Brian Pickles
Mark Tibbett
Richard Sibly, Reading,
Development of mathematical theory, Computing, Quantitative data analysis, Ecological observations / data collection
Richard Sibly
• Quantitative data collection from forest ecosystems • Quantifying functional traits of plant-fungal symbioses in controlled lab experiments using GLMs • Use of data for model construction and validation • Development of Individual Based Models for plant dispersal and responses to climate, soil, and biotic interactions • Evaluation of IBMs using Approximate Bayesian Computation
There is currently no functioning individual based model for plant-fungal symbioses. This project will unite field, lab, and mathematical ecology to gain new insights into the biotic and abiotic processes driving plant dispersal, colonisation, and success.
Plant responses to climate change, soils, symbioses, and land-use practices, will be addressed through: • Use/development of statistical and computational tools • Development of theory, and integration of theory into models • Mathematical modelling of ecological systems • Quantitative population ecology • Integration of data from the wider environmental sciences into ecological models
Applications of this research include conservation and habitat management, ecological landscaping, urban and rural planning, development of climate change mitigation strategies, and re-wilding initiatives.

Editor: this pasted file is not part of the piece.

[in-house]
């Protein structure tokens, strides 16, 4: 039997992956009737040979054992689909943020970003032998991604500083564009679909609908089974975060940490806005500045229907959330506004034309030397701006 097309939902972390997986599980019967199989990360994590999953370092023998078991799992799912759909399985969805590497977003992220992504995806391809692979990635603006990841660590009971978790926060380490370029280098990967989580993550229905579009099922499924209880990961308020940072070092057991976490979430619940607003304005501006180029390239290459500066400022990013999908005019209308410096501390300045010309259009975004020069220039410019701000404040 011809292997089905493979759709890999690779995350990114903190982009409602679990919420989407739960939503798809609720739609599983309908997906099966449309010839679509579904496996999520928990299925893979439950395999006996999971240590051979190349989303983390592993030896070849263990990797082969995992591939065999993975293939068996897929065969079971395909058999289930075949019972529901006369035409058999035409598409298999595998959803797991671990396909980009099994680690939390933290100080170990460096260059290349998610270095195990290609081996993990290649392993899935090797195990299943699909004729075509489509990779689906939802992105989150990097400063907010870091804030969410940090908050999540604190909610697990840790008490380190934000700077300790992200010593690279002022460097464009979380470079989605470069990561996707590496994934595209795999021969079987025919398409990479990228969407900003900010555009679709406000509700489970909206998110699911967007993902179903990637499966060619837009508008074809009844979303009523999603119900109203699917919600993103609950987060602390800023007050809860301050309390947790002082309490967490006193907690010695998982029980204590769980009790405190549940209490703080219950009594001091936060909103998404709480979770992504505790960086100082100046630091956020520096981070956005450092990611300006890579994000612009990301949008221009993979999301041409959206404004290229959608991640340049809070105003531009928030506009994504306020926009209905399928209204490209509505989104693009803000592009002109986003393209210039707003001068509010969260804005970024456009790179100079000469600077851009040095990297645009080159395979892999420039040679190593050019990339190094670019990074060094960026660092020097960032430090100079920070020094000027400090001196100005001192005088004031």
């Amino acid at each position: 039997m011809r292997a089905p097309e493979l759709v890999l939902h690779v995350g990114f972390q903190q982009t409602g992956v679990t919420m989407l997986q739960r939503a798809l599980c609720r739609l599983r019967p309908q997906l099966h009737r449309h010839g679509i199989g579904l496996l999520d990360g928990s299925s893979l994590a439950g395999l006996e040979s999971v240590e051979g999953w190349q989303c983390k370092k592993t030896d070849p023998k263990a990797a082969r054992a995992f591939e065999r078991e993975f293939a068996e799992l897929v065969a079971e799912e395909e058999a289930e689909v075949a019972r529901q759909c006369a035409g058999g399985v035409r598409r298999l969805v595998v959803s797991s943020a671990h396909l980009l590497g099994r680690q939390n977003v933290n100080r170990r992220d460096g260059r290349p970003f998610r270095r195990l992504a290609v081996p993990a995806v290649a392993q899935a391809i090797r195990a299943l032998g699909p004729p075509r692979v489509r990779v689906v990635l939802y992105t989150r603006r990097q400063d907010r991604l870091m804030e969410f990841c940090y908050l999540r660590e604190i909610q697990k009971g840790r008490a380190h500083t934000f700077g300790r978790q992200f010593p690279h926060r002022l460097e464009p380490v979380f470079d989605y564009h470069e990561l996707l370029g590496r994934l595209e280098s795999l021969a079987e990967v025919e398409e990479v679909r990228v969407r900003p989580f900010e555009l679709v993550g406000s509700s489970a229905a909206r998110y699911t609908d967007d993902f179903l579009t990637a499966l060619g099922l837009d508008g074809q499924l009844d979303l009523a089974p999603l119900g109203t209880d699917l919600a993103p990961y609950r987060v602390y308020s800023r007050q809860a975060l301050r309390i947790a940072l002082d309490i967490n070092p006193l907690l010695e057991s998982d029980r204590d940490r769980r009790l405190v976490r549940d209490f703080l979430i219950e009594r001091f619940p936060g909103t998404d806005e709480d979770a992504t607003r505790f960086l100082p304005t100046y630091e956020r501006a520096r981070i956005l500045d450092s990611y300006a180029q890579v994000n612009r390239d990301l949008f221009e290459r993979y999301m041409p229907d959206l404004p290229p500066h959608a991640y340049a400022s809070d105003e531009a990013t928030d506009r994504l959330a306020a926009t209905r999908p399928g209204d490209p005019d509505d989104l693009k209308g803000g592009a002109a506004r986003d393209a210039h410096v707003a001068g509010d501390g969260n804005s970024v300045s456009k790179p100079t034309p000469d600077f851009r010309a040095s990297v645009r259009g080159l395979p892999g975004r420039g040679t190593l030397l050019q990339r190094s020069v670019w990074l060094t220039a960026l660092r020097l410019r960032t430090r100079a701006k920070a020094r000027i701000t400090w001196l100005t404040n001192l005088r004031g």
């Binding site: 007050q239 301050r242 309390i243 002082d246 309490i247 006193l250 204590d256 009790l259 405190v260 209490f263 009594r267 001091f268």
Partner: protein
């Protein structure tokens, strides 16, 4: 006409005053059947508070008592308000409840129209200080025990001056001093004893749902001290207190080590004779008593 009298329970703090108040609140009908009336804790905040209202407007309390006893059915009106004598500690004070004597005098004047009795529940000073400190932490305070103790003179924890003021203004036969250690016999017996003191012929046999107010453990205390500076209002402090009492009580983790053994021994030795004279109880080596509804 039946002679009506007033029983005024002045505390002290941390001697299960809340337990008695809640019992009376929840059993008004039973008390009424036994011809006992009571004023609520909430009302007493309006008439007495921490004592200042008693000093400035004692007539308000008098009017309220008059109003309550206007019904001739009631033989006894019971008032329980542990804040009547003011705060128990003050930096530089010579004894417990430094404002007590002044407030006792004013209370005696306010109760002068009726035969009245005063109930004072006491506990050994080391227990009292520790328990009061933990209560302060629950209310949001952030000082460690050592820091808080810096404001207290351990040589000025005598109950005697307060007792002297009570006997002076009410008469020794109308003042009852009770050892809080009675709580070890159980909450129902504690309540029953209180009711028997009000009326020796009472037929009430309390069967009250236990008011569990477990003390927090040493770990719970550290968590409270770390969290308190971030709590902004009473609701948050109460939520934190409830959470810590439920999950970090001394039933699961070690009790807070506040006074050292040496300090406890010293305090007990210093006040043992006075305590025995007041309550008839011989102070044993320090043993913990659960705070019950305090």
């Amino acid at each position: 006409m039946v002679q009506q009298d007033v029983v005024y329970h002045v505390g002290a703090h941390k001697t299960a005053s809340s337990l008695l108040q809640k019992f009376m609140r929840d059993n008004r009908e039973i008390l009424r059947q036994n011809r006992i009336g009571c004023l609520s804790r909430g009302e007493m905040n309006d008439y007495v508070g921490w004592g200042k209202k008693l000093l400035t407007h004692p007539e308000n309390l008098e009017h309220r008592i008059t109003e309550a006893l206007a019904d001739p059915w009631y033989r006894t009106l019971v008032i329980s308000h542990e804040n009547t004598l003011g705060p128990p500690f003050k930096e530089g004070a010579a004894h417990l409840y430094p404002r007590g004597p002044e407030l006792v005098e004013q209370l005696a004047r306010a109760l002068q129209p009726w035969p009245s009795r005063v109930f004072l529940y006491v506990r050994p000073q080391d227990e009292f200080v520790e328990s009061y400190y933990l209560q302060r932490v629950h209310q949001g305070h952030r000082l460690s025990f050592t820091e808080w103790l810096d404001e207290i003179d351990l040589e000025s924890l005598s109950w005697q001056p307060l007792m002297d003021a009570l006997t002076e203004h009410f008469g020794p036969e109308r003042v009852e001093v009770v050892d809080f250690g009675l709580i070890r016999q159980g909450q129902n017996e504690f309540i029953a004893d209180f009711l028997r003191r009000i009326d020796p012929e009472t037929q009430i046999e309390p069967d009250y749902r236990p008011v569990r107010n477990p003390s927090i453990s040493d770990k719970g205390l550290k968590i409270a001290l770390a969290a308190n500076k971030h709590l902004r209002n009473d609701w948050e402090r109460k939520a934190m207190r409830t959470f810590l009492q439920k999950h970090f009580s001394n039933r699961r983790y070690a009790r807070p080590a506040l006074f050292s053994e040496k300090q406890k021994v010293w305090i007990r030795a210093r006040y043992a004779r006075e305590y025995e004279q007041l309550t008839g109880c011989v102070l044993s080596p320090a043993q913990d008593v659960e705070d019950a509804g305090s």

The information and approaches developed here will be of direct relevance to groups such as local and national government, conservation NGOs and charities, park managers, DEFRA, Forest Research, and the Royal Horticultural Society.
This project combines theoretical and field ecology (Pickles), ecophysiological expertise (Tibbett), and mathematical modelling (Sibly), to explore the growth, survival, and functional responses of trees to changes in climate, soil, land-use and biotic interactions, especially mycorrhizal symbioses.
Climate and climate change, Community ecology, Ecosystem-scale processes and land use
An existing familiarity with R and/or NetLogo will be advantageous, but training to an advanced level will be developed during the project. Additional training will be provided in: • Field and lab techniques for collecting quantitative data on plant-fungal symbioses • Use of GLMs and LMMs • Multivariate community analysis • Construction and evaluation of Individual Based Models
University of Reading
2017-10-01 19:01:00